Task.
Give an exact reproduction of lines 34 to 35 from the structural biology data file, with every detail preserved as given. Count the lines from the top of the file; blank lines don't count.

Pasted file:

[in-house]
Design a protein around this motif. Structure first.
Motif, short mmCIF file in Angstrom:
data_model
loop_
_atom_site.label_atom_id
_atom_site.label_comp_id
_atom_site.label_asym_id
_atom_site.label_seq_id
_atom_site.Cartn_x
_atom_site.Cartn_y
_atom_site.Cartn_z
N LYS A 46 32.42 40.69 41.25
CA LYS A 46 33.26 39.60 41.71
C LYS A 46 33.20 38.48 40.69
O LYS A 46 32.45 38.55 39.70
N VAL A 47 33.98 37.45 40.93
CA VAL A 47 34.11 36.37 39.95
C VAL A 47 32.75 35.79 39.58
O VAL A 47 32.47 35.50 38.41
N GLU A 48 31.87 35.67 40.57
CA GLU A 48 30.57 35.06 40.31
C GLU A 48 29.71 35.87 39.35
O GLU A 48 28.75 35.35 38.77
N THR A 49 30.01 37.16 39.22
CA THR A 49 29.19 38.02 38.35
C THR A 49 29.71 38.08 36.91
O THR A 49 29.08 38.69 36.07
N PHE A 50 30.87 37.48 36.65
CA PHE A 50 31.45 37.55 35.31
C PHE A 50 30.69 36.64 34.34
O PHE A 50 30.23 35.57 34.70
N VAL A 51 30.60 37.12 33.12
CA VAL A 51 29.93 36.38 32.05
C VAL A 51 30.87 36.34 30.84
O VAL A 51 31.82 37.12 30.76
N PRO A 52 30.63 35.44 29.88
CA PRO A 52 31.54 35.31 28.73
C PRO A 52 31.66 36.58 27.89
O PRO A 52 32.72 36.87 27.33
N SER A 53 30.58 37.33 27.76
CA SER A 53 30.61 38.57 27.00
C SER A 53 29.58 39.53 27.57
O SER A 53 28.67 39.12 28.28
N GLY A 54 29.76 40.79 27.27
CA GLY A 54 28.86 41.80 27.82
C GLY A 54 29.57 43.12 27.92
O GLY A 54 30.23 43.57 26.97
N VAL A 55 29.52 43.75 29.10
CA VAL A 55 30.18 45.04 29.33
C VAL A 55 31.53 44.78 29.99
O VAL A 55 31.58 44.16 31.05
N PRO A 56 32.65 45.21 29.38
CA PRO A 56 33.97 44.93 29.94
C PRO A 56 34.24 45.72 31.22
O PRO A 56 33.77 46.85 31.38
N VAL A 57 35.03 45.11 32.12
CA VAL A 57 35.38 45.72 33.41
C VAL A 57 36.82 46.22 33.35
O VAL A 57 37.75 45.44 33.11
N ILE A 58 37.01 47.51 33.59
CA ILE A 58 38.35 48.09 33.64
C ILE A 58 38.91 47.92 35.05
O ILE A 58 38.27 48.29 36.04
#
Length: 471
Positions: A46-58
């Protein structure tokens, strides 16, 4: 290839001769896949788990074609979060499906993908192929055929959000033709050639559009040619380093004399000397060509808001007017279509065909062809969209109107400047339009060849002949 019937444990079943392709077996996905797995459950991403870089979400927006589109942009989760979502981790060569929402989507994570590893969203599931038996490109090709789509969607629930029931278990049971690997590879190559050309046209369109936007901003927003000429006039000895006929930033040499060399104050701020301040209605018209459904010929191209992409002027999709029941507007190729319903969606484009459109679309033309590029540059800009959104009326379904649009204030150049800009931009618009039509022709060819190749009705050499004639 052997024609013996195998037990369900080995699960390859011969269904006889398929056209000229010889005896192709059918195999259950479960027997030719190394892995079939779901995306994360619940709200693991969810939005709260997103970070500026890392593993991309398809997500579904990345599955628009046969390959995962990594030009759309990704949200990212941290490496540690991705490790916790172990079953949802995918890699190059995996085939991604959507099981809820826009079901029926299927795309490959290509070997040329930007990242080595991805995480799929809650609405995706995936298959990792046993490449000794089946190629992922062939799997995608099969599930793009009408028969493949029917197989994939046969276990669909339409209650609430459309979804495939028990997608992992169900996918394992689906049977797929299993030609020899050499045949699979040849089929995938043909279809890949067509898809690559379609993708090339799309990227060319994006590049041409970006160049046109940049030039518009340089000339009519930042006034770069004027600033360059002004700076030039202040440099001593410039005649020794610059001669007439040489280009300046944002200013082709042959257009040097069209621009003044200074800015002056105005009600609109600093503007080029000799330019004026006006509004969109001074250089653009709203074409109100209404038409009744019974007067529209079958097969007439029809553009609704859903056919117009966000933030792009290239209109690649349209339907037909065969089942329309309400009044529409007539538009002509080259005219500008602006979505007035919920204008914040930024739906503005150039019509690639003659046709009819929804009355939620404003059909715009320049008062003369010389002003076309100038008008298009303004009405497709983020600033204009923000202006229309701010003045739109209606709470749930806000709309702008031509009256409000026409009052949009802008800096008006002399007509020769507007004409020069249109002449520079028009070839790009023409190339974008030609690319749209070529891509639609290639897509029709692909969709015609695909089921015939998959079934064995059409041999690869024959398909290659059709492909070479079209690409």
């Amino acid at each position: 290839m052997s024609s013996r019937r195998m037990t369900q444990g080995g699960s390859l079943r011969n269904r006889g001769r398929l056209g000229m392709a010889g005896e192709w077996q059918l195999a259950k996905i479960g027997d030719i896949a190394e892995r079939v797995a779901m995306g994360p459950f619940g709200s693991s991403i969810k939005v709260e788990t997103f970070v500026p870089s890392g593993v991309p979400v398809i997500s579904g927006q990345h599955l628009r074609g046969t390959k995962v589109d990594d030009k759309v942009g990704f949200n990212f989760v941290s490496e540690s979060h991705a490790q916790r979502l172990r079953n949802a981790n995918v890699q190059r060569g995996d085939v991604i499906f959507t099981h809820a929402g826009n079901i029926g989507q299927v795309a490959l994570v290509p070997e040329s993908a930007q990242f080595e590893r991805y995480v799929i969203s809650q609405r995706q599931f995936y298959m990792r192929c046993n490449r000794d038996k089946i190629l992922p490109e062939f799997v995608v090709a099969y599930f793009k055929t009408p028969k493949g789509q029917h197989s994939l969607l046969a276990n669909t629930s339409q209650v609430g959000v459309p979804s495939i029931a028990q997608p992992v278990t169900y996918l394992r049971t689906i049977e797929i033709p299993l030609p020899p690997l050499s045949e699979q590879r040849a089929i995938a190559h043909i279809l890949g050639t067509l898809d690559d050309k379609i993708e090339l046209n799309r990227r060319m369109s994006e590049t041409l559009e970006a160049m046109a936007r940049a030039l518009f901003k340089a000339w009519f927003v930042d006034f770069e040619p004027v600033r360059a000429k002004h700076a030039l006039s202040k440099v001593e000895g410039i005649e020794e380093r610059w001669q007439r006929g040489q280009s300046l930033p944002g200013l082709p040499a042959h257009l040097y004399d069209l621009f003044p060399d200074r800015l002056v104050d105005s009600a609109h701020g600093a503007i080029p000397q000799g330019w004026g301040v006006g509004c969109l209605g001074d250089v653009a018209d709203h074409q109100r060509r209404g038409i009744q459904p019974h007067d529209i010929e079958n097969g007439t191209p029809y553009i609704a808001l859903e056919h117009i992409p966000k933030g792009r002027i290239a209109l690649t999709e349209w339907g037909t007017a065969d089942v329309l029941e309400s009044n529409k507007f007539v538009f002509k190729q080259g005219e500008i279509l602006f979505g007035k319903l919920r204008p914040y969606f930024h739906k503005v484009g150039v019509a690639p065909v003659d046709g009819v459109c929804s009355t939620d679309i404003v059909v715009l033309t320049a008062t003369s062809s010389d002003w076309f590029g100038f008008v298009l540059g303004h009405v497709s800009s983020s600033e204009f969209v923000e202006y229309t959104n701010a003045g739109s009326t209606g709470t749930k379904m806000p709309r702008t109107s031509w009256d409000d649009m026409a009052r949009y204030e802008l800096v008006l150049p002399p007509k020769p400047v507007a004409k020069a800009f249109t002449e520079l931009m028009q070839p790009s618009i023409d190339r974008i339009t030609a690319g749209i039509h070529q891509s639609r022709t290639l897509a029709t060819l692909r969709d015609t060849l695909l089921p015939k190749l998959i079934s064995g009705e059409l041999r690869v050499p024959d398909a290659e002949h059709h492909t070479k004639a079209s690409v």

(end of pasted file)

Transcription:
CA VAL A 51 29.93 36.38 32.05
C VAL A 51 30.87 36.34 30.84